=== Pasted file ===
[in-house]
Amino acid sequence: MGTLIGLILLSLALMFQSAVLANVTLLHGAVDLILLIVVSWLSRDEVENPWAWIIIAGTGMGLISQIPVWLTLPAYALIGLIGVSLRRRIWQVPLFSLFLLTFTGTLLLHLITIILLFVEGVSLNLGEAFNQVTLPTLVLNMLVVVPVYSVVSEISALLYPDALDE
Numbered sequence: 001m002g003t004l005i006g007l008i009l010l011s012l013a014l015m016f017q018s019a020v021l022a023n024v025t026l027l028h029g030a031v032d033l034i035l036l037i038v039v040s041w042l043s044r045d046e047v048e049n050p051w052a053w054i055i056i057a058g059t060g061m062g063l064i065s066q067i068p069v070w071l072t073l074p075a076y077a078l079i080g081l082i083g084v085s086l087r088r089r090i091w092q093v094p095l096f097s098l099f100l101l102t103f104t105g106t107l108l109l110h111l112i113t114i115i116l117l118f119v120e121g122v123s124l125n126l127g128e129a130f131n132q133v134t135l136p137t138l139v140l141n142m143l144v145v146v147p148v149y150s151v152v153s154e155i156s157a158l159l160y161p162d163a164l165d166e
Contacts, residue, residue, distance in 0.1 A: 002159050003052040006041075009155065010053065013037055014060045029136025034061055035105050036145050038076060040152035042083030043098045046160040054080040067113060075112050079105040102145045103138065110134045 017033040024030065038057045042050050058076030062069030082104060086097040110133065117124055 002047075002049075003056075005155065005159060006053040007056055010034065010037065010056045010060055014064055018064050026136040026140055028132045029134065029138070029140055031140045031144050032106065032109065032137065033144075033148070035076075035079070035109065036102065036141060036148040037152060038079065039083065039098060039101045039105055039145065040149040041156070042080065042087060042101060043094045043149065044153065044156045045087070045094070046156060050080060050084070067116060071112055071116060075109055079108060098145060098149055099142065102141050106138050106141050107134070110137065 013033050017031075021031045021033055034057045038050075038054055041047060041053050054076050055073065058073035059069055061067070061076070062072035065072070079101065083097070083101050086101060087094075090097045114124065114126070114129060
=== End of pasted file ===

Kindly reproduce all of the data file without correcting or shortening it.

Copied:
[in-house]
Amino acid sequence: MGTLIGLILLSLALMFQSAVLANVTLLHGAVDLILLIVVSWLSRDEVENPWAWIIIAGTGMGLISQIPVWLTLPAYALIGLIGVSLRRRIWQVPLFSLFLLTFTGTLLLHLITIILLFVEGVSLNLGEAFNQVTLPTLVLNMLVVVPVYSVVSEISALLYPDALDE
Numbered sequence: 001m002g003t004l005i006g007l008i009l010l011s012l013a014l015m016f017q018s019a020v021l022a023n024v025t026l027l028h029g030a031v032d033l034i035l036l037i038v039v040s041w042l043s044r045d046e047v048e049n050p051w052a053w054i055i056i057a058g059t060g061m062g063l064i065s066q067i068p069v070w071l072t073l074p075a076y077a078l079i080g081l082i083g084v085s086l087r088r089r090i091w092q093v094p095l096f097s098l099f100l101l102t103f104t105g106t107l108l109l110h111l112i113t114i115i116l117l118f119v120e121g122v123s124l125n126l127g128e129a130f131n132q133v134t135l136p137t138l139v140l141n142m143l144v145v146v147p148v149y150s151v152v153s154e155i156s157a158l159l160y161p162d163a164l165d166e
Contacts, residue, residue, distance in 0.1 A: 002159050003052040006041075009155065010053065013037055014060045029136025034061055035105050036145050038076060040152035042083030043098045046160040054080040067113060075112050079105040102145045103138065110134045 017033040024030065038057045042050050058076030062069030082104060086097040110133065117124055 002047075002049075003056075005155065005159060006053040007056055010034065010037065010056045010060055014064055018064050026136040026140055028132045029134065029138070029140055031140045031144050032106065032109065032137065033144075033148070035076075035079070035109065036102065036141060036148040037152060038079065039083065039098060039101045039105055039145065040149040041156070042080065042087060042101060043094045043149065044153065044156045045087070045094070046156060050080060050084070067116060071112055071116060075109055079108060098145060098149055099142065102141050106138050106141050107134070110137065 013033050017031075021031045021033055034057045038050075038054055041047060041053050054076050055073065058073035059069055061067070061076070062072035065072070079101065083097070083101050086101060087094075090097045114124065114126070114129060